Prenatal Exposure to Nitrate from Drinking Water and Markers of Fetal Growth Restriction: A Population-Based Study of Nearly One Million Danish-Born Children.

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From: Environmental Health Perspectives(Vol. 129, Issue 2)
Publisher: National Institute of Environmental Health Sciences
Document Type: Report
Length: 7,929 words
Lexile Measure: 1460L

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Abstract :

BACKGROUND: High levels of nitrate (N[O.sup.-.sub.3]) in drinking water cause methemoglobinemia in infants; however, few studies have examined the potential effects of low-level exposure on fetal growth, and the results have been inconsistent. OBJECTIVES: We sought to assess the association between maternal exposure to nitrate in drinking water during pregnancy and offspring size at birth in a nationwide study of full-term ([greater than or equal to]37 wk gestation) live-born singletons. METHODS: We estimated maternal nitrate exposure for 898,206 births in Denmark during 1991-2011 by linkage of individual home address(es) with nitrate data from the national monitoring database. Maternal address during pregnancy, infant size at birth [i.e., birth weight, low birth weight (LBW), body length, and birth head circumference] and covariates were compiled from the Danish Civil Registration System, the Danish Medical Birth Register, and The Integrated Database for Longitudinal Labor Market Research. Linear and logistic models with generalized estimating equations were used to account for multiple births to an individual. Nitrate exposure was modeled using five categories and as a log-transformed continuous variable. RESULTS: There was evidence of a decreasing trend in models for term birth weight using categorical or continuous measures of exposure. Modeling exposure continuously, a difference of -9.71 g (95% confidence interval: -14.60, -4.81) was predicted at 25 mg/L (half the value of the European Union drinking water standard) compared with 0mg/LN[O.sup.-.sub.3]. Body length also decreased as nitrate concentrations increased in categorical and continuous models. There was little evidence of an association between N[O.sup.-.sub.3] and head circumference or LBW. DISCUSSION: Although the estimated effects were small, our findings for live singleton births to Danish-born parents suggest that maternal intake of nitrate from drinking water may reduce term birth weight and length, which are markers of intrauterine growth. However, there was little evidence for an association between nitrate and head circumference or LBW. Future studies in other populations and with data on dietary sources of nitrate are encouraged to confirm or refute these findings.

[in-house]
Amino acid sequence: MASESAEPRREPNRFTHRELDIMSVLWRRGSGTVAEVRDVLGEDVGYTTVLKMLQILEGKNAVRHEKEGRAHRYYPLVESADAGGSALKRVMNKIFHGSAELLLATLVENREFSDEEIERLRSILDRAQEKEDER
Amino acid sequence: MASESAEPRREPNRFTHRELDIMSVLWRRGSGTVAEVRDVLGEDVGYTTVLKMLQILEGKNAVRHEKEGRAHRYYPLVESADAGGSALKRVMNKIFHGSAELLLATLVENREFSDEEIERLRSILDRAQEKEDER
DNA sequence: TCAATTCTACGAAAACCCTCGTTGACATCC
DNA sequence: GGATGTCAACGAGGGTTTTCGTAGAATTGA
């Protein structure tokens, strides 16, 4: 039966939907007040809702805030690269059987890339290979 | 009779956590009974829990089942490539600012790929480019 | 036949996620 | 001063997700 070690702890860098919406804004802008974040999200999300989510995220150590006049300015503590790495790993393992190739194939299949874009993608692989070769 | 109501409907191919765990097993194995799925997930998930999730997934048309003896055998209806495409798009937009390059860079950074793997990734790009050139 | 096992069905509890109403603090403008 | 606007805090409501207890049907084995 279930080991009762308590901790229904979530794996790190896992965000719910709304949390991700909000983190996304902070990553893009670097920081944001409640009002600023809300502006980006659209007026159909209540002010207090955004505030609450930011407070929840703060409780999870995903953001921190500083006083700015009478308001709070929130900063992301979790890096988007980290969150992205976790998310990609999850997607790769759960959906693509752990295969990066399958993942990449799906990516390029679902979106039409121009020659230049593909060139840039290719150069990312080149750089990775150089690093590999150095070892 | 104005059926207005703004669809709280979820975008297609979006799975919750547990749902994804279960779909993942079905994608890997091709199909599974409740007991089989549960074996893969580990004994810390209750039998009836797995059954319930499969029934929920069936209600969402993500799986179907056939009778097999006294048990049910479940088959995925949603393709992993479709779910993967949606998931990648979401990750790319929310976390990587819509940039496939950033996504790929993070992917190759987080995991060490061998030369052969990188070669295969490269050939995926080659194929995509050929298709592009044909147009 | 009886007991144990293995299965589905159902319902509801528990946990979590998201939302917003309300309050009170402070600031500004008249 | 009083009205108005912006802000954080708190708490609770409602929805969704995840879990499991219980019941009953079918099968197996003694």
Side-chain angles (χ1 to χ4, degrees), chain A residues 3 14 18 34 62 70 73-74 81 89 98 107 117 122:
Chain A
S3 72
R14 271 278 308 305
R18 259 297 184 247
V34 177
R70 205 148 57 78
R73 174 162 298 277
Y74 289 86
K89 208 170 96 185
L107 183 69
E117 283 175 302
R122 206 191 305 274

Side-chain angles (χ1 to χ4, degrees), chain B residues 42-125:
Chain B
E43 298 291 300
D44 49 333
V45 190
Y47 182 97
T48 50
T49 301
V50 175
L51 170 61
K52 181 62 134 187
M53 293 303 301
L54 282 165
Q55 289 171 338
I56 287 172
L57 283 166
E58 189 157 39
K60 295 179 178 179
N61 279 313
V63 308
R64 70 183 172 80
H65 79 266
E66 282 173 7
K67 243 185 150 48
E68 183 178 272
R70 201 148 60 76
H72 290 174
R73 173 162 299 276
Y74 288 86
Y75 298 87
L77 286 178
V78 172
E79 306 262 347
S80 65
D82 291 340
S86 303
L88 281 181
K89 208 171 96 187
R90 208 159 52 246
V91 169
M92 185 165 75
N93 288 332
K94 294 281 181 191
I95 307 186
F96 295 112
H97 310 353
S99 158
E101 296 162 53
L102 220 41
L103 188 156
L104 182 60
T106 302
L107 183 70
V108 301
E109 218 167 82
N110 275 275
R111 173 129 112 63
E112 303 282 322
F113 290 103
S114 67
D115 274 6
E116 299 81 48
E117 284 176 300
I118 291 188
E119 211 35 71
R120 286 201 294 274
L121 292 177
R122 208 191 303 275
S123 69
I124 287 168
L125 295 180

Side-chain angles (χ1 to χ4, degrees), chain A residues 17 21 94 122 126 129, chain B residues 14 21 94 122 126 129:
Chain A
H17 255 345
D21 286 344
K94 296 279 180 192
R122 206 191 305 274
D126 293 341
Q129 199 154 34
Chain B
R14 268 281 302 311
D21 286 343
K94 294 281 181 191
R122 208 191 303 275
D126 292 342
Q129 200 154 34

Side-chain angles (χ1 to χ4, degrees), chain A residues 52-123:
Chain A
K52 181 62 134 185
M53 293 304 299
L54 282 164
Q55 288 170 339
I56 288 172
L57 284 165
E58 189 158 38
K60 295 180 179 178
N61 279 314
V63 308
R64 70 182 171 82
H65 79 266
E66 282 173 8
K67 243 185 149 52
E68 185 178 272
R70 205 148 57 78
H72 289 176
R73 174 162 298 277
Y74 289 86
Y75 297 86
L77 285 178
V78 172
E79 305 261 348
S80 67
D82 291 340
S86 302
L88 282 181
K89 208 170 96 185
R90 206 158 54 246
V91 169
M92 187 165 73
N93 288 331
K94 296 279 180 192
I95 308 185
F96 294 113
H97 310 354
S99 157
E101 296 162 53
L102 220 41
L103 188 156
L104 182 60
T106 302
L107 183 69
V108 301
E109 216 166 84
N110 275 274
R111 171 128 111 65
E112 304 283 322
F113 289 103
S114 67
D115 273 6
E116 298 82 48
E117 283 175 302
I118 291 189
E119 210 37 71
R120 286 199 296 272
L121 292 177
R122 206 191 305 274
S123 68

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Gale Document Number: GALE|A657071192